Danes Taking Matters Into Their Own Hands: Helping Refugees

Article co-written with Kajsa Li Paludan for The Huffington Post 


Whilst men, women and children continue to drown in our seas as they leave behind their families and possessions in a desperate attempt to reach Europe, the Danish government, with support from the social democrats, has caused quite some stir, as they voted to make it legal to seize valuables from refugees once they arrive on Danish soil.

Compassion has been set aside for click-bait politics and hardcore budgeting. Danish politicians, on both sides, have leveled many of their disputes down to a mud-throwing competition on social media. The refugee narrative that the media and politicians are building, wearily lacks concepts of wisdom, strength, and empathy needed to bring the world and its citizens through the toils of war and conflict.

Unfortunately, what many seem to forget, is that the harsh critique of the Danish and other European governments’ politics is not about how much money they spend on refugees, not how many resources they need to provide for them. No, the critique is hinged on the blunt withdrawal of humanitarian values on which Denmark and Europe laid its modern foundation.

Thousands of Danes are helping refugees
In a quest for humanitarian values that have traditionally been at the core of the Danish welfare state model, thousands of Danish civilians and a plentitude of companies like Danfoss are going against the political tide and are setting up programs to help, educate and hire the new arrivals, many of whom lack a professional network, speak poor English, and only a mere 13% have an education above 9th grade.

Without concrete solutions, we will see ten thousands of people on welfare with few, if any chances of being integrated into the European societies. This presents a real challenge to the Danish labor market and economy. Though the toughest of all challenges in a statistic minded Europe, will be to bring our compassion into the core of decision-making for the millions of people who are fighting a battle to bring their loved ones to safety behind European borders.

Already in 2013, my organisation Cultura21 Nordic (now Growing Pathways) together with the Association for Social Innovation (FFSI), designed our first sustainable business course in partnership with Danish Red Cross to strengthen refugees’ possibilities of becoming integrated into the Danish workforce. We called it “Take Control of Your Life”, with emphasis on ‘Your’.

Asylum seekers attending the sustainable entrepreneurship course ‘Take Control Of Your Life’. Photo: Rafael Rybczynski

When considering that factors such as climate change have the potential to send refugee numbers to over 100 million by 2050, the need for concrete solutions regarding resettlement and redistribution of the world’s people and wealth is rather blatant. In this regard, it became vital to provide asylum seekers at the Red Cross centres in Denmark with the entrepreneurial skills for them to become self-sufficient.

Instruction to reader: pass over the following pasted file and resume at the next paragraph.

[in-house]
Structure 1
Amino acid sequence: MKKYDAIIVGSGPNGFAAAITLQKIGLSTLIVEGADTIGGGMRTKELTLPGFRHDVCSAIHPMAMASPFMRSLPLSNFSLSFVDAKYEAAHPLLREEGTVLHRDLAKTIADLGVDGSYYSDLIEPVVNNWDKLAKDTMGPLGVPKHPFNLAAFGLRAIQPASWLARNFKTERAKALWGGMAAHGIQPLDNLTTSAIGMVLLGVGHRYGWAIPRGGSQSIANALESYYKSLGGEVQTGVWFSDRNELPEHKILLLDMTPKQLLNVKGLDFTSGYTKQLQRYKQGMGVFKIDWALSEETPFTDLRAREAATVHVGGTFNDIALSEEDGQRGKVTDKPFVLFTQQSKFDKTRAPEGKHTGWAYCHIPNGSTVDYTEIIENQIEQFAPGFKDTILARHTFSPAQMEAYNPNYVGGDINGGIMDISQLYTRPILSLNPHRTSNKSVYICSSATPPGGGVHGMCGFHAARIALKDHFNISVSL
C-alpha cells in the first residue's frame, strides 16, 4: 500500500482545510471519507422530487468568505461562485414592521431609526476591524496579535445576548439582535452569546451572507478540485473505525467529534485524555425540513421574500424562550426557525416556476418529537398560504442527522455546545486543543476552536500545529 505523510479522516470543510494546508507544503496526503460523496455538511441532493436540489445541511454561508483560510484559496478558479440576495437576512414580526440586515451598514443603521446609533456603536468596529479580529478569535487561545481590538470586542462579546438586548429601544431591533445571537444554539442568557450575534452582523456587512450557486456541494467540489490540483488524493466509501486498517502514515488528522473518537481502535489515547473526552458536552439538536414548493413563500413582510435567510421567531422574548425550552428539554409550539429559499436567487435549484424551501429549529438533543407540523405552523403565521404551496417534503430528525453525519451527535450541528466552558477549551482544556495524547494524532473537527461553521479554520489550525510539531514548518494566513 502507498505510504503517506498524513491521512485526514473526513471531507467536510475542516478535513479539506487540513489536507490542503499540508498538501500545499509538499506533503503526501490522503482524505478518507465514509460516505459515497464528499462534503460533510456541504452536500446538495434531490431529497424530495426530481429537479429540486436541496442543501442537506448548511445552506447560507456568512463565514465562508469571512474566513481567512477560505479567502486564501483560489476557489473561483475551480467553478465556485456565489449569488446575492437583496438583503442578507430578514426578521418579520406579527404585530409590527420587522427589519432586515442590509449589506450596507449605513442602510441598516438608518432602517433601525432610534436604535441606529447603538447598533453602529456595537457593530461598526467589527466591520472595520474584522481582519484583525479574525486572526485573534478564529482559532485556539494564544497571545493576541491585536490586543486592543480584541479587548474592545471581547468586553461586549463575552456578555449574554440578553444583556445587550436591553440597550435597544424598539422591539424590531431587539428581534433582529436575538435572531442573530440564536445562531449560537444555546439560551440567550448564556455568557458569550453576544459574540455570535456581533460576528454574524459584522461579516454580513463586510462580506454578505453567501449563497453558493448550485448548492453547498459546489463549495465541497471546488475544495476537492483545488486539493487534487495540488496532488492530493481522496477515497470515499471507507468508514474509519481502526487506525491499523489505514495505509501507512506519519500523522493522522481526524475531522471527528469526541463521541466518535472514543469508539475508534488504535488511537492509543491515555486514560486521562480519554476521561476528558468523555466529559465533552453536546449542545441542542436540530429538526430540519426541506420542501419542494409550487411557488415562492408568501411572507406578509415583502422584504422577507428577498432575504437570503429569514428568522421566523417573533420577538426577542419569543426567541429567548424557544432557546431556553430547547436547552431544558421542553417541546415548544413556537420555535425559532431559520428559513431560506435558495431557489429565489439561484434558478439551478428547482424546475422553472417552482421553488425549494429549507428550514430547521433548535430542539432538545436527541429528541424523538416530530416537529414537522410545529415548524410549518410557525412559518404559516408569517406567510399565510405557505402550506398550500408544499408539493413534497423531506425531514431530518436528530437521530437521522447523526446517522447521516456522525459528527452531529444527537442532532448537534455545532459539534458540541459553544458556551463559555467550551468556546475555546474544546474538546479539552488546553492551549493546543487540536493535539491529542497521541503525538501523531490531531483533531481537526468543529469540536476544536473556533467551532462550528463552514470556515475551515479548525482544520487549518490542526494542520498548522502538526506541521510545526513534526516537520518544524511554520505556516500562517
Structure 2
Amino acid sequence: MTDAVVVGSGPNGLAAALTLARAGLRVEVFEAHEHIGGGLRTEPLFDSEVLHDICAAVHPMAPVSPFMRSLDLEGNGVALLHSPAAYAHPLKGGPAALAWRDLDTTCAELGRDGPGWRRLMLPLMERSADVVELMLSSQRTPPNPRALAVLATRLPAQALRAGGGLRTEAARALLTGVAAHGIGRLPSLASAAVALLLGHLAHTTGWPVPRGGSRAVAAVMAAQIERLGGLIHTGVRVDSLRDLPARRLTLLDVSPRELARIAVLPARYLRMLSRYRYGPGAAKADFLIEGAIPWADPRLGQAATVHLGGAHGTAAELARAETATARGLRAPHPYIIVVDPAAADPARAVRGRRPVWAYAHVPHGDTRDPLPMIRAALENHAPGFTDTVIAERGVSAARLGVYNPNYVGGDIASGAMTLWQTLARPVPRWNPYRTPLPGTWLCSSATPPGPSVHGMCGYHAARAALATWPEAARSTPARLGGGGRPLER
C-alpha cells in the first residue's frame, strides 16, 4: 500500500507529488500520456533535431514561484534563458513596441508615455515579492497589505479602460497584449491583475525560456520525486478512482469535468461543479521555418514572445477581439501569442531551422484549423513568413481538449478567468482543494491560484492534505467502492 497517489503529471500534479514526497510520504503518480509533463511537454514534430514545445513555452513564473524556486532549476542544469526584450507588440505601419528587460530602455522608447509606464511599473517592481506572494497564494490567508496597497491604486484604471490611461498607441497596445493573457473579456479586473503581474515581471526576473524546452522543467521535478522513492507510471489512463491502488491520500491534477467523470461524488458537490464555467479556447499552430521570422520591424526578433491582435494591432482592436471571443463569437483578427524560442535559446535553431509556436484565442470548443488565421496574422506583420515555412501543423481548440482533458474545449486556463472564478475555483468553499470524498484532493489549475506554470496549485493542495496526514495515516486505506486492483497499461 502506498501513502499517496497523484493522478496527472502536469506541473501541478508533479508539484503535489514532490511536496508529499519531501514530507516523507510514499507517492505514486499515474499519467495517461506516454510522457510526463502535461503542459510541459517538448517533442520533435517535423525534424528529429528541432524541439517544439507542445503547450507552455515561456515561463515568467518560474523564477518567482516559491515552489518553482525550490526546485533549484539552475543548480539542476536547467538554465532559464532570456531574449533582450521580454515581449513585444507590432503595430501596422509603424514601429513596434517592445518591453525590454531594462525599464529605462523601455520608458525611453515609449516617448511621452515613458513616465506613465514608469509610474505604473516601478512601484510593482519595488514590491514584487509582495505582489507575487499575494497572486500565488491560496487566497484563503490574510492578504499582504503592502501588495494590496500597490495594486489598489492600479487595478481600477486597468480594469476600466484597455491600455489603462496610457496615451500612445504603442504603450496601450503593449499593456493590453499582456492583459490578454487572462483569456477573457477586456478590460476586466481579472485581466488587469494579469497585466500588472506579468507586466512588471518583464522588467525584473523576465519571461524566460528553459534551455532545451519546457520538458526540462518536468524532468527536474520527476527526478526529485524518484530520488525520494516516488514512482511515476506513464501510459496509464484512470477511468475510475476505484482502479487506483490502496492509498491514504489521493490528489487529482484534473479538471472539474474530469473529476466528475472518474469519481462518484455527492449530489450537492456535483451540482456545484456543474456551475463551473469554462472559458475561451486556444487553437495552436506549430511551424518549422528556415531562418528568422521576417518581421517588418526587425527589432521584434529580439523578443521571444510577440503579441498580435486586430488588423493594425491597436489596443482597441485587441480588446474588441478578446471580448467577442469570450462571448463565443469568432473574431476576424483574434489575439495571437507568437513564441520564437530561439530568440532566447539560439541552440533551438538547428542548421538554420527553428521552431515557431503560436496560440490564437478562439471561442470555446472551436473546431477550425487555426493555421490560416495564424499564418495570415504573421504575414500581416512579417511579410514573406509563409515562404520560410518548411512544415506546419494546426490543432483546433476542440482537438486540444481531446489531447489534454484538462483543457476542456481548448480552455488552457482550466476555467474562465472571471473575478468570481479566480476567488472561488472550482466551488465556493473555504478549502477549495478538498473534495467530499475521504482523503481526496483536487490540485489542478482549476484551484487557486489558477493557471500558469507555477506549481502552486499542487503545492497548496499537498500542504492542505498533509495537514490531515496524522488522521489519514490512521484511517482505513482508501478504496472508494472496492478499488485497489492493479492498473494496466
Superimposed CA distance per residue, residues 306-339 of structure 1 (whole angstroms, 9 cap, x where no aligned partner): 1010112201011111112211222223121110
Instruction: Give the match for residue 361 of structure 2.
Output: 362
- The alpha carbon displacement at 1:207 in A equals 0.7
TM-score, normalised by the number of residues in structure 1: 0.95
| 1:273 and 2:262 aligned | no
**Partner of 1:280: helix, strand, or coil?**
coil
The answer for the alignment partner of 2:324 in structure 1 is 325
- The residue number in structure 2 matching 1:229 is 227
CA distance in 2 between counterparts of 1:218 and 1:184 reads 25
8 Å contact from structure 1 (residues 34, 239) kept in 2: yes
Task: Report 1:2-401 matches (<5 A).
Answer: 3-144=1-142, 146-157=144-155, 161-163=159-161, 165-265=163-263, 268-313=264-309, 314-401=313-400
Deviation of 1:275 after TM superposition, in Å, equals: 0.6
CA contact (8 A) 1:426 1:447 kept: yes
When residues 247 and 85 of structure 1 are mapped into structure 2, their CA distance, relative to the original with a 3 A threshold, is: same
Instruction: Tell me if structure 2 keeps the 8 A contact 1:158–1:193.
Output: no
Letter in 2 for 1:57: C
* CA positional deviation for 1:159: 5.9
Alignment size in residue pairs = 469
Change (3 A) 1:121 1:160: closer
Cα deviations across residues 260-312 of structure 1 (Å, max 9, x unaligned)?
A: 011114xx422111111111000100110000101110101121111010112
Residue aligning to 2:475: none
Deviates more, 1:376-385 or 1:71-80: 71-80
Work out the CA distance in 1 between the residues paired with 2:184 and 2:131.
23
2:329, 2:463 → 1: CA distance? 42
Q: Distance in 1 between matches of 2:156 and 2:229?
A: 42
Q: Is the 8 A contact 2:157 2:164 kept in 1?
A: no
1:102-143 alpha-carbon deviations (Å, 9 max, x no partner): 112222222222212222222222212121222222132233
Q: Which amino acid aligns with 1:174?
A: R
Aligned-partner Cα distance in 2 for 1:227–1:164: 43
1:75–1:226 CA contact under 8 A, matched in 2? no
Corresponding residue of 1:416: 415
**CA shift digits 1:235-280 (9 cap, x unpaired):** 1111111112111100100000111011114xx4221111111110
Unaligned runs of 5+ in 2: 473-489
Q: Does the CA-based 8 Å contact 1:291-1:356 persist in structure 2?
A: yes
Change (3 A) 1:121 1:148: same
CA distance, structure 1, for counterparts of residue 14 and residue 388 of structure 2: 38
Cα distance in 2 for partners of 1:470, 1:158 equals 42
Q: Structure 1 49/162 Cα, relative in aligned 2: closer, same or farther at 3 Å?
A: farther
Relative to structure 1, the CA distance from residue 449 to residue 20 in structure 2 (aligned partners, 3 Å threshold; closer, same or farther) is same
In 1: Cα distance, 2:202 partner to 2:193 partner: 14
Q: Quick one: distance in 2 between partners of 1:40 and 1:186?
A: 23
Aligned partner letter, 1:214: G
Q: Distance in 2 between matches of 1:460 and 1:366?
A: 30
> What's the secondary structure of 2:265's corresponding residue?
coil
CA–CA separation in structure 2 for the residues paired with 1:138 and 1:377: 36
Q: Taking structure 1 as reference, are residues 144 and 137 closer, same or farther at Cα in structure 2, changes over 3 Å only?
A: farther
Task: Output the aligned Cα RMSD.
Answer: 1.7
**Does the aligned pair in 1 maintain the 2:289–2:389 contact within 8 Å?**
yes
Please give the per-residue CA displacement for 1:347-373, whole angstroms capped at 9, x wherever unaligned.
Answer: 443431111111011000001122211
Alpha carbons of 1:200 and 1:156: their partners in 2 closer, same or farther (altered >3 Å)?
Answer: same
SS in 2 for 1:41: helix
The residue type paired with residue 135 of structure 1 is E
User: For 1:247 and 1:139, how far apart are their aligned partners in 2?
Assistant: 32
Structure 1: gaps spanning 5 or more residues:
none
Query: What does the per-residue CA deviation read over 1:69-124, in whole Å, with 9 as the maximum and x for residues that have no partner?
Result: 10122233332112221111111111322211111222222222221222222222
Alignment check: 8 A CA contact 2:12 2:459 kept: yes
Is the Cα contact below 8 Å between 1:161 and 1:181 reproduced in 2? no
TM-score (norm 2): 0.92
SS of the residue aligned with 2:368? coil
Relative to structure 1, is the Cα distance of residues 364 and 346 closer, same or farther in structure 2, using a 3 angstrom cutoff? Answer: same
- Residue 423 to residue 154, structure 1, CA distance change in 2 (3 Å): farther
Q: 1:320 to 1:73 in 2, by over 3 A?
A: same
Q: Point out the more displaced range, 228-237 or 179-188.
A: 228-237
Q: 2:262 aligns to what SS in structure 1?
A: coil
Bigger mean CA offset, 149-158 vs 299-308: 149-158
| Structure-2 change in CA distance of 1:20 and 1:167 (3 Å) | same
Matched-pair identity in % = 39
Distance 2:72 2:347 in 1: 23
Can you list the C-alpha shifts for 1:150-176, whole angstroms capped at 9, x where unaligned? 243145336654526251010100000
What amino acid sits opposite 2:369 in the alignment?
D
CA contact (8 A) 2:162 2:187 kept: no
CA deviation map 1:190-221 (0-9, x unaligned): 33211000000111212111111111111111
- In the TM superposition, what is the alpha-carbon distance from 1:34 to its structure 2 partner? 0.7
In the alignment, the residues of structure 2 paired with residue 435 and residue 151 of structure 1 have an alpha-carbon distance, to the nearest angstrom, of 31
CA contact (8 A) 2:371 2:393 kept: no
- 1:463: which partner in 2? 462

It was indeed meaningful for all attendees to take small steps together towards mitigating the planetary and humanitarian costs brought about by irresponsible practices.

Every human being possesses their own strength
Rather than countering the populist political rhetoric that focuses on the seemingly irreconcilable differences between representatives of different cultures, we focused on the power that every human being possesses. The strength to go beyond our limits and create new initiatives that help us regain control of our lives.

“Instead of focusing on minimizing the economic and social costs of asylum seekers, we thought of them as potential innovators with purpose and imagination,” marks our Educational Director, Oleg Koefoed.

As such, the asylum seekers in our sustainable entrepreneurship program visited local companies, and public institutions. They explored the opportunity of collaboration with locals possessing place-specific insights and contributed with their own experience.

After all, the latest IMF findings, as of January 2016, point out that “the (expected) impact of the refugees on medium and long-term growth depends on how they will be integrated into the labor market”.

Skilled across borders
Fred, a young man of Kenyan origin, came with the dream of carrying out urban reforestation projects. Two days before the end of the course, Fred was sent to back to Italy, his first country of entry into the EU. The team had not heard from him in weeks when we received an email saying that his newly achieved ability to tap into the local community had been such an empowering experience. In fact, the first thing he did when arriving in Italy was to walk into the office of the Italian National Research Council, offering them to start research on the refugee communities in Rome.

Assuming that he was allowed to stay in Denmark, what follows is a “fend for yourselves” attitude that creates a rift between the needs, talents and aspirations of refugees and the Danish labour market. With little knowledge about Danish laws, the entrepreneurial scene, and possibilities, integration can seem an impossible task.